The Washington Post Co.’s first-quarter earnings doubled from a year earlier, but profits excluding one-time items fell.
The company’s broadcast division did well, and its cable division held steady, but the once-lucrative Kaplan education unit lost money, the flagship Washington Post newspaper’s weekday circulation plunged to less than half a million, and ad revenue continued to slide both in print and online publications.
Overall, the company on Friday announced net income of $31 million, or $4.07 a share, compared with $15.2 million, or $1.87 a share, in the first quarter of 2011. Revenue was $972.5 million in the first quarter, down 7 percent from $1.04 billion.
The figures include several one-time charges, and the company said earnings from continuing operations were $10.8 million for the first quarter, compared to $17.9 million a year earlier.
Because of continuing share buybacks, the number of outstanding shares fell 6 percent.
The newspaper division reported an operating loss of $22.6 million, compared with a loss of $12.8 million in the first quarter of 2011. Print advertising at the flagship newspaper plunged 17 percent from a year earlier, to $52.7 million, with declines in general, classified and preprint ads. Despite increases in online readership, online revenue — primarily from washingtonpost.com and Slate — fell 7 percent to $24.2 million.
Newspaper circulation also declined. For the first quarter of 2012, weekday circulation at The Post fell 9.8 percent, to 492,600. Sunday circulation fell by a more modest 5.2 percent, to 714,600.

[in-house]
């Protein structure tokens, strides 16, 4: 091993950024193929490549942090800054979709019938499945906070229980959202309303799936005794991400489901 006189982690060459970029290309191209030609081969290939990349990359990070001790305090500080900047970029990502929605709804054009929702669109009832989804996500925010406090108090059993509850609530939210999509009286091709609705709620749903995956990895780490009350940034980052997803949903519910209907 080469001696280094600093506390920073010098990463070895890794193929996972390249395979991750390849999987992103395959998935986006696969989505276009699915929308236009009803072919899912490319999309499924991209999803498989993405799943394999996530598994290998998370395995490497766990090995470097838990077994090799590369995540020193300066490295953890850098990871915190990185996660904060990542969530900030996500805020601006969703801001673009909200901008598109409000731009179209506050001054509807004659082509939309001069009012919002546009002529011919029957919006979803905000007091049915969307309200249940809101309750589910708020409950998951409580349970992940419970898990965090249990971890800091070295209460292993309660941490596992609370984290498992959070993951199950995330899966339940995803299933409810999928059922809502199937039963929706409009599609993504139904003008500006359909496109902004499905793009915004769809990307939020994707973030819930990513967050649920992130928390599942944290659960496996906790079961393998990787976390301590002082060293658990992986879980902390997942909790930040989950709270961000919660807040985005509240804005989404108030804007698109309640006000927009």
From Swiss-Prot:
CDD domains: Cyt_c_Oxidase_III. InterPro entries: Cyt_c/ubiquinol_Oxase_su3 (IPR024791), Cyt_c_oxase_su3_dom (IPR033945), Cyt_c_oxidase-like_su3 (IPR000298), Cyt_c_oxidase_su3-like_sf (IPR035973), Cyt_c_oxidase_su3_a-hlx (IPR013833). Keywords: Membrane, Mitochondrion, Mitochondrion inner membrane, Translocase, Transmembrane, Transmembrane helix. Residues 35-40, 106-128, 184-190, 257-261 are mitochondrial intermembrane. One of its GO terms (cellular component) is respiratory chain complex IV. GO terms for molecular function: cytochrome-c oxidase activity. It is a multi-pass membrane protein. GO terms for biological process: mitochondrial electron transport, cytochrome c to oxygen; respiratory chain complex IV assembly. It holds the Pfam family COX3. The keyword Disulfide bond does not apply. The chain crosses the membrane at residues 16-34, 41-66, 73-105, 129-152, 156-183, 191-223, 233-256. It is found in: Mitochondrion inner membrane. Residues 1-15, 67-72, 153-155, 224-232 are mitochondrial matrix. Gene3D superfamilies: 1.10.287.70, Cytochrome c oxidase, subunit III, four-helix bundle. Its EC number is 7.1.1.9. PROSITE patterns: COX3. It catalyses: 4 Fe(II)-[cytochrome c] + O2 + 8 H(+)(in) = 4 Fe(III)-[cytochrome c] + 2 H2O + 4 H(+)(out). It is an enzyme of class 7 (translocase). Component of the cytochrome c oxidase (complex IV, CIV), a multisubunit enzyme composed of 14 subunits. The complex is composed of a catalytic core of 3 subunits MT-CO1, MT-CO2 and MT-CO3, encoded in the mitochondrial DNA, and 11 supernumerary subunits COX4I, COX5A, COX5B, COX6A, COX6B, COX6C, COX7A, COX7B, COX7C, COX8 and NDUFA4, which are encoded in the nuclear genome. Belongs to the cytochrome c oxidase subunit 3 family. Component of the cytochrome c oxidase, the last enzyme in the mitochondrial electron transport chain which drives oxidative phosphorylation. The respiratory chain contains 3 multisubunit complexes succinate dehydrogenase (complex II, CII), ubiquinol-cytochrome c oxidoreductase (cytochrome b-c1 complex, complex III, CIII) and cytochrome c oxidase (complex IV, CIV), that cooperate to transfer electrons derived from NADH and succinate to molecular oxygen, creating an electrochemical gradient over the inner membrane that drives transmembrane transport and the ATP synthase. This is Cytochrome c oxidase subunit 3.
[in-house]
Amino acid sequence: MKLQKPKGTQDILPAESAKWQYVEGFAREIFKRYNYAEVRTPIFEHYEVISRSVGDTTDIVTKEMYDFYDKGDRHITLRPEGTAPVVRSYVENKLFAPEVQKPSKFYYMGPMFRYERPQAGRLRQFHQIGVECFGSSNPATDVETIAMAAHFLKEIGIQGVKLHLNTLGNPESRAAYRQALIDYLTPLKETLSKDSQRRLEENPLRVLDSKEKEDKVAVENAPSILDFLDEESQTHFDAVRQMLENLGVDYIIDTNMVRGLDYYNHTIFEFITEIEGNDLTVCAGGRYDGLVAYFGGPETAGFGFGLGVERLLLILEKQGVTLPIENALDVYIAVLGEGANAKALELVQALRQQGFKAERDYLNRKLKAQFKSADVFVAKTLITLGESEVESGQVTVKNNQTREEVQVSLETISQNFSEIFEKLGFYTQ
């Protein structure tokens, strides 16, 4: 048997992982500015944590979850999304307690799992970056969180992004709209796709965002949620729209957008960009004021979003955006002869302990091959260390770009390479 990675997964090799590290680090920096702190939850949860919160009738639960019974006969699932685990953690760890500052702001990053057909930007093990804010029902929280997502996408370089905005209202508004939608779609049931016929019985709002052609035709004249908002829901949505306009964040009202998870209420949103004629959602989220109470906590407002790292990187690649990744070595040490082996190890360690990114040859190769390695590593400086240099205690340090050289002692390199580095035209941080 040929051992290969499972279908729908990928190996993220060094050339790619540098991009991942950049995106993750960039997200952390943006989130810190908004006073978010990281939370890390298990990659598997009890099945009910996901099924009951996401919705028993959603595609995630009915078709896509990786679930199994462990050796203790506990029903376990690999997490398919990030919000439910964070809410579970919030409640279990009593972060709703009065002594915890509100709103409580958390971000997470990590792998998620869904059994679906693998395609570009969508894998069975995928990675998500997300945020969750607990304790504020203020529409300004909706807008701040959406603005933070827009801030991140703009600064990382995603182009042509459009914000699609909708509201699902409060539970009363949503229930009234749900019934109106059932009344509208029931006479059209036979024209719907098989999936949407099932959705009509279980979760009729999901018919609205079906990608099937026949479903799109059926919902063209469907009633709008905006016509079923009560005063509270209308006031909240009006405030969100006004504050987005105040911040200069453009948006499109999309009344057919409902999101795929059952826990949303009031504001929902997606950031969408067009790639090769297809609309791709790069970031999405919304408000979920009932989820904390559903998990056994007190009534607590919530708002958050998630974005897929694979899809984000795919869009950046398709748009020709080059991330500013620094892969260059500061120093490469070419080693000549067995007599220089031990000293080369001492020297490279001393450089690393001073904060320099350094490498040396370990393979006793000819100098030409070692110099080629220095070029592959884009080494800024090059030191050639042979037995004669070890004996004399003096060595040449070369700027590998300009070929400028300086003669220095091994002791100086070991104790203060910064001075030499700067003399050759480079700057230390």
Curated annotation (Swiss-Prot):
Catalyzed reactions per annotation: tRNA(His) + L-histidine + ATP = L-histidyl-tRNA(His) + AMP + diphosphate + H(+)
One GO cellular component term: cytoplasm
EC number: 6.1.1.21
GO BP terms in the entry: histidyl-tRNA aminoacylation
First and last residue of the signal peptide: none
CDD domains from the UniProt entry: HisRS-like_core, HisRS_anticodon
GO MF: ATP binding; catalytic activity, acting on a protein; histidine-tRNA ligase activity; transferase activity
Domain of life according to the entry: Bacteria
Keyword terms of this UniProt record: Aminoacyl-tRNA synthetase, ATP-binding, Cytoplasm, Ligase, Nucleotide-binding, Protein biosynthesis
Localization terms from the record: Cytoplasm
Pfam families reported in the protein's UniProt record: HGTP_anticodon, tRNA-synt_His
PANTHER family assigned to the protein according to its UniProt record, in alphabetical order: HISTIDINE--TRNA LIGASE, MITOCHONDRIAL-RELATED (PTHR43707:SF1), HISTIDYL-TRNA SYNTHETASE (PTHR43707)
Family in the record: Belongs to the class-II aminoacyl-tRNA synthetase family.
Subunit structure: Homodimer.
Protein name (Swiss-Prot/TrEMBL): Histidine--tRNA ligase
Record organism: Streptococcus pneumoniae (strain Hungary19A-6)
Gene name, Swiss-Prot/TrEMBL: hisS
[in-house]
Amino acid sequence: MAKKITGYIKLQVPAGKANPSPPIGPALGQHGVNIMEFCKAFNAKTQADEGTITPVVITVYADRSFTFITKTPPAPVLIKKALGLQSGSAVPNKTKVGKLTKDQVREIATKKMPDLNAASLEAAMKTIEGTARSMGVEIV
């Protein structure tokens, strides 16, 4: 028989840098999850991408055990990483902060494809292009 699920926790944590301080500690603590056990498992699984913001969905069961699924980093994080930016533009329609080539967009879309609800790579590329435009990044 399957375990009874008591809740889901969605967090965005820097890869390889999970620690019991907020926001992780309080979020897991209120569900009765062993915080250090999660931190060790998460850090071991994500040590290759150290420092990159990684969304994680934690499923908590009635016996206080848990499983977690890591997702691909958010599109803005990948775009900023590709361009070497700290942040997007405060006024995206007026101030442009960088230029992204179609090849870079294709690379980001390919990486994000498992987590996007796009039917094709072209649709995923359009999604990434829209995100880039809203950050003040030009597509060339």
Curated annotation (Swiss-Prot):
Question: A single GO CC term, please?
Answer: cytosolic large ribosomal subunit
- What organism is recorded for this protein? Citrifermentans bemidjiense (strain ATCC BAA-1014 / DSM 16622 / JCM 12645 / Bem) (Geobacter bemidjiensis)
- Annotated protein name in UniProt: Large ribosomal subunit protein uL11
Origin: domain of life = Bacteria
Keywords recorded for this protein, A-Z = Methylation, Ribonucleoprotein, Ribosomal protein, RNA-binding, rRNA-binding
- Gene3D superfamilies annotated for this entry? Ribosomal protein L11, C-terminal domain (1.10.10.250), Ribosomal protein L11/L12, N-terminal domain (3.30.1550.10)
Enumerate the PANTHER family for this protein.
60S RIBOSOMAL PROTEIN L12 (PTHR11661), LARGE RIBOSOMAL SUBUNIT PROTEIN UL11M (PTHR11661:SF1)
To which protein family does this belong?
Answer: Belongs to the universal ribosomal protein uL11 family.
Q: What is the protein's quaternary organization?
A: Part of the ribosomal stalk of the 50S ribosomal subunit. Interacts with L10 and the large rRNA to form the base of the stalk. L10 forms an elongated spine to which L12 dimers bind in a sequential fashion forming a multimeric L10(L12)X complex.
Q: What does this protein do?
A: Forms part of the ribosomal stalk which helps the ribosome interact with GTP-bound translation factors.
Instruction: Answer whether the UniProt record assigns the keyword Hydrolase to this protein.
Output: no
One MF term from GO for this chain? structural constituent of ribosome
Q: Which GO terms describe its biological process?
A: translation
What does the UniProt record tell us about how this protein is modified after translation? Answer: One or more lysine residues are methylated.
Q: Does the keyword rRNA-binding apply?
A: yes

The Kaplan education division reported an operating loss of $13.2 million, compared with operating income of $20 million in the first quarter of 2011. Kaplan’s test-preparation operations were the most troubled, losing $10.2 million as competitive pricing pressures and lower-priced online programs offset enrollment increases of 11 percent, with strength in medical and legal bar exam review offerings.
The Kaplan for-profit higher education business, the source of nearly a third of the entire corporation’s revenue, earned just $9 million, down from $50.7 million a year earlier, as efforts to comply with government regulations and respond to criticism of its marketing practices proved costly.
But Kaplan reported signs that it might be able to resume growth after a year of contraction. It said that new student enrollments increased 5 percent in the first quarter. Current student enrollment was down 18 percent from the first quarter of 2011, but up 2 percent from the fourth quarter.
The company also said that in April it sold EduNeering, a Kaplan unit, and would book a $30 million pre-tax gain from the sale during the second quarter.
The company’s cable television revenue was flat, but operating income fell because of increased costs. The division earned $32.8 million, down from $37.7 million a year earlier.
The best performing division was television broadcasting, where revenue climbed 13 percent and operating income jumped 58 percent to $31 million. Revenue at the stations got a boost from a $2.2 million increase in political advertising.